I am always anxious to get the springtime operations started here on the homestead. Once the Maple syrup operation is done, in mid-March I was out preparing some 5×10′ garden beds.
Once these were done up, I needed some more manual labor. We have planned a bathroom renovation for a long time, and I finally ordered the materials from Lowe’s for home delivery. I also ordered several sheets of Type X fire resistant drywall and some Rockwool insulation for the garage. For a long time, the two bays of the garage have been exposed to each other, though there is a studded wall in between. The drywall and insulation allowed me to finally divide the space up. It’s been frustrating and hard to keep things tidy in the garage, though that struggle is more due to my own failings than the lack of drywall! But, my hope is that with walls up there will be opportunities to organize both sides of the garage.
I started out by pulling out all the nails that were in the studs; these would cause damage to the drywall as I screwed it in. I will say: Type-X drywalls is HEAVY. I didn’t have many problems with the floor level drywall. Putting on the second layer – with holes cut in for the outlets and light switches – with a bit of a struggle. I wound up setting the sheet on a couple of five gallon buckets, and then sliding the drywall up the studs into place. With some pre-set drywall screws that I could zip in quickly, I managed to get things done.
The Rockwool insultation was actually a lot of fun to install! It gets pressed into the stud bays, and aside from some cutting for wiring and electrical boxes, there was really no difficulty installing it. Rockwool is fire resistant and provides a better R value than fiberglass. It’s also more resistant to moisture issues than fiberglass insulation.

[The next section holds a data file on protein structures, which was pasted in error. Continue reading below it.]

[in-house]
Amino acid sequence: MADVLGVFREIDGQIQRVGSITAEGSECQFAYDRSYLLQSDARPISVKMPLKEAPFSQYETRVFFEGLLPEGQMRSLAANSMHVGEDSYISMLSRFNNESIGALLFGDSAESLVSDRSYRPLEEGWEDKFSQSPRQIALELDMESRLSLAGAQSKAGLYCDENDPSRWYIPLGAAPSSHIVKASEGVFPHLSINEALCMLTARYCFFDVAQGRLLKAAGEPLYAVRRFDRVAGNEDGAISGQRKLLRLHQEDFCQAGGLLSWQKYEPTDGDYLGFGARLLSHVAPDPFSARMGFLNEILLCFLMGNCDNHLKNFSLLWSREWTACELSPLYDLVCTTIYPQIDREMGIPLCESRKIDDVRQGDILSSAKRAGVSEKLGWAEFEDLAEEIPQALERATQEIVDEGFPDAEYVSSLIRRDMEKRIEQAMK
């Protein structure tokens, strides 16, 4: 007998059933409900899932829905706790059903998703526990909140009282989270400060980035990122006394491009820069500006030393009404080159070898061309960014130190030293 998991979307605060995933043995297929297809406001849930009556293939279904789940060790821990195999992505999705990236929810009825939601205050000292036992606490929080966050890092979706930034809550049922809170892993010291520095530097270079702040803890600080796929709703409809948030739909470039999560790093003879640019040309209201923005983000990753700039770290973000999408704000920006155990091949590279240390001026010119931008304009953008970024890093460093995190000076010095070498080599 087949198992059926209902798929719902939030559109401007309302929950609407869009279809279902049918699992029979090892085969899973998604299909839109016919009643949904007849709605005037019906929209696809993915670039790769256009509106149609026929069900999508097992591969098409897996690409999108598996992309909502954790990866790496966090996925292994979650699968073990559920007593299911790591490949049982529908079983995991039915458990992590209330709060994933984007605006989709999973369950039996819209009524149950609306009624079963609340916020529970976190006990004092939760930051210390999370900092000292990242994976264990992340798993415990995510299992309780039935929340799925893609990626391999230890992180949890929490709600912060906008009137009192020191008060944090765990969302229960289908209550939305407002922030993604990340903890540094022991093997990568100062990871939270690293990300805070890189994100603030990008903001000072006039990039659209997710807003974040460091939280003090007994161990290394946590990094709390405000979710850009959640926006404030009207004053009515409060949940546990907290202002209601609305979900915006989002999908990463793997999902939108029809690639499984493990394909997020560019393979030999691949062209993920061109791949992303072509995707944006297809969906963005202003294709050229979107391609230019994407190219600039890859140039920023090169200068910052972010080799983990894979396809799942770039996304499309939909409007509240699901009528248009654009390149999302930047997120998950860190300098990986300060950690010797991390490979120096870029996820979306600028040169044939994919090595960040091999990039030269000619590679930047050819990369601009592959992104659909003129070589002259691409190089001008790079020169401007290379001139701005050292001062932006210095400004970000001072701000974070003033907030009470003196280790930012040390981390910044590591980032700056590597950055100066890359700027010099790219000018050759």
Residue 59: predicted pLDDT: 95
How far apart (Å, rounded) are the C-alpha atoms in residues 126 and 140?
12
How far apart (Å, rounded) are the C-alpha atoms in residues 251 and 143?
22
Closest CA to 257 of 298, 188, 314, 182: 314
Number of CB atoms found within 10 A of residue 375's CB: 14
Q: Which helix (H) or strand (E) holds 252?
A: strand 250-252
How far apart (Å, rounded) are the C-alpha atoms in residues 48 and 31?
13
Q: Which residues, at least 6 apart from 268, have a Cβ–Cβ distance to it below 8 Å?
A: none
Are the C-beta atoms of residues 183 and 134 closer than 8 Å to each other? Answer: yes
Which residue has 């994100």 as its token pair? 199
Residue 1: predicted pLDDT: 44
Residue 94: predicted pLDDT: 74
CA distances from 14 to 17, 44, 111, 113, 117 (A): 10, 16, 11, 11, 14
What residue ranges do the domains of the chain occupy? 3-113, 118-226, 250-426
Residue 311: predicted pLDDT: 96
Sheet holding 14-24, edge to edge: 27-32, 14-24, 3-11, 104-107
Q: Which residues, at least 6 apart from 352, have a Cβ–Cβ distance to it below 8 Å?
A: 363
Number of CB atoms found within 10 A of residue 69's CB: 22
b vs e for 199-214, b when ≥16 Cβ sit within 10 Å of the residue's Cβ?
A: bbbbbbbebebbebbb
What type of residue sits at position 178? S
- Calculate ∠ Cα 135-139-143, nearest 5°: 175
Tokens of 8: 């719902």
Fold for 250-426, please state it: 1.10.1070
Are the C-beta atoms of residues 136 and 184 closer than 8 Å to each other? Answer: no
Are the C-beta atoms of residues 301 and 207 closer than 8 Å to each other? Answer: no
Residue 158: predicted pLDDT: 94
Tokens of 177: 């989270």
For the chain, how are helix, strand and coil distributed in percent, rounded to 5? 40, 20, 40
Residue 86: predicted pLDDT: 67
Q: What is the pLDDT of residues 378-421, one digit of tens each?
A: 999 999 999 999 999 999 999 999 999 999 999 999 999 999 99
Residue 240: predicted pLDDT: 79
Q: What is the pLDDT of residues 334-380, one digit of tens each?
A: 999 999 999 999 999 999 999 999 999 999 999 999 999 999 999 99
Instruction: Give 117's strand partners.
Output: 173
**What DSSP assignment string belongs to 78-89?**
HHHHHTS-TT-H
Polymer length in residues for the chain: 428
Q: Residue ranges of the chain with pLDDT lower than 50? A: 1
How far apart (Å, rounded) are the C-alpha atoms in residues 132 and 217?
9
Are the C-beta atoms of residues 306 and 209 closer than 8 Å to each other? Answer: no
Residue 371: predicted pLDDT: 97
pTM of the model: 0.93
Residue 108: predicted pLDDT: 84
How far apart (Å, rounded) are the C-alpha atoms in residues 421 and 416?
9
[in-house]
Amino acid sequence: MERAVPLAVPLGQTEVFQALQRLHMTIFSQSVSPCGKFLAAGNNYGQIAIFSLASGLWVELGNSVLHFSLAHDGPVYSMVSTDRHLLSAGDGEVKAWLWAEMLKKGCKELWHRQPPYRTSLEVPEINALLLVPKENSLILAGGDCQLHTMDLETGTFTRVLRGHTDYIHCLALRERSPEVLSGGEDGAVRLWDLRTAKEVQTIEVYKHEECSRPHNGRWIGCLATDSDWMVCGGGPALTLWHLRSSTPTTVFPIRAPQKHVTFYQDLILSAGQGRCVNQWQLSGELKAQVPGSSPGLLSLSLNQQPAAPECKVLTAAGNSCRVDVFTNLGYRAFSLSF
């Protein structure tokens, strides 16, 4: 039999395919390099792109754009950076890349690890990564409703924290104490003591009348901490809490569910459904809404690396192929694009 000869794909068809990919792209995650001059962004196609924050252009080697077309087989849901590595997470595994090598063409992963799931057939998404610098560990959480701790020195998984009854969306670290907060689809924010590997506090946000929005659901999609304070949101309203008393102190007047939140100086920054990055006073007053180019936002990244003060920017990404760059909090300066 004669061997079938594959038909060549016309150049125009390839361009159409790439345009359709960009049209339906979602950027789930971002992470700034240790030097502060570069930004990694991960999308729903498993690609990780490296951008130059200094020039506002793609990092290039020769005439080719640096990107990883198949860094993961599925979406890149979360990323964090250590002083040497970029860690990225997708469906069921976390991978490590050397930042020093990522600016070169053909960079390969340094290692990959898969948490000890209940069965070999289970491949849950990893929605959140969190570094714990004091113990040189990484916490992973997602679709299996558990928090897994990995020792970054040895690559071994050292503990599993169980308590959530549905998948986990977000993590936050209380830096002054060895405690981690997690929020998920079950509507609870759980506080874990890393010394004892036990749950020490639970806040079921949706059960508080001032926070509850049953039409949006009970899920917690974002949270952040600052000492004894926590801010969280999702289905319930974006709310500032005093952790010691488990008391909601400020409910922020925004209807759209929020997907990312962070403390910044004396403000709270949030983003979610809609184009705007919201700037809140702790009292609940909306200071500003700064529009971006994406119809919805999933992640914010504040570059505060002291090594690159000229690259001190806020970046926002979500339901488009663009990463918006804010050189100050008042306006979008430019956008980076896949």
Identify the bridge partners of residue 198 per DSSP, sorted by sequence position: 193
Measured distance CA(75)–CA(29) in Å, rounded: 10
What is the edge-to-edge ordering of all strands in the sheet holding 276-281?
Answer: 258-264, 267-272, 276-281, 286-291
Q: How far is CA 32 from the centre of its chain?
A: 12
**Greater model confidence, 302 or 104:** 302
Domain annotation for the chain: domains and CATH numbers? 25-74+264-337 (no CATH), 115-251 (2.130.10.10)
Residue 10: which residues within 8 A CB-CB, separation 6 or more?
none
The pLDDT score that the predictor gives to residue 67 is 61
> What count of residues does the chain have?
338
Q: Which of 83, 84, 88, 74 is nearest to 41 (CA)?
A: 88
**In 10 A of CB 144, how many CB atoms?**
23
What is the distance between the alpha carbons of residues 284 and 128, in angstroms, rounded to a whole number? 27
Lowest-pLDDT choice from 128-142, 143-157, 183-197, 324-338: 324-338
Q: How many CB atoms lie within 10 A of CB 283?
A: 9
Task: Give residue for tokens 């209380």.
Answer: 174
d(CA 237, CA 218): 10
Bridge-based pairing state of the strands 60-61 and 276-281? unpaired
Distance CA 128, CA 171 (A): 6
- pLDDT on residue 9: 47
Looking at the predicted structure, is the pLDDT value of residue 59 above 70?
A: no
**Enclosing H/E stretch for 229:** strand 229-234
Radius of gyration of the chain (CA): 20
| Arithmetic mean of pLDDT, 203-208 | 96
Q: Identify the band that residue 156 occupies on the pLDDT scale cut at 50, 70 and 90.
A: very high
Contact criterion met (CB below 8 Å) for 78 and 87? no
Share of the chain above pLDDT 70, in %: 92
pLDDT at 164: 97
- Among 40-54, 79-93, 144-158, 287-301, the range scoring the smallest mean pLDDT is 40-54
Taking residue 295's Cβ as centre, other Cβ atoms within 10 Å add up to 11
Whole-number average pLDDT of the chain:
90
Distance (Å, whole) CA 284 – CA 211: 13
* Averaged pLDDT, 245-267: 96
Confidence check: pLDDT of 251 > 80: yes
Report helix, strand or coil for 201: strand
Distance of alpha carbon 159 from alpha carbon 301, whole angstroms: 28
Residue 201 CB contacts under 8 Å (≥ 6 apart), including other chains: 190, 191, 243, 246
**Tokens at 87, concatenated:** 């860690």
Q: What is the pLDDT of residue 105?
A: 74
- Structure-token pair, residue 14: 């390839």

The studs are, nominally, 24 inches on center. This varied in spots, but in general I had no issues aside from the sheer effort of lifting drywall. Because the drywall is 5/8 of an inch thick, electrical
boxes must either be set farther out from the stud, or small box extenders can be used to set the outlet or switch out a little bit.
The final result is looking good – and the whole first floor is set for mud, priming, and painting. I still need to do the high side of the workshop. I envision the drywall pieces getting smaller and smaller as I have to lift them higher and higher. The studs on the second floor are flat studded, so I also need to add additional studs there to add thickness for the insulation.
I’m really excited to finally have an enclosed workshop. The workshop is currently a mess, but as I get back in there and start cleaning up and organizing, my goal will be to have a workshop I can be proud of.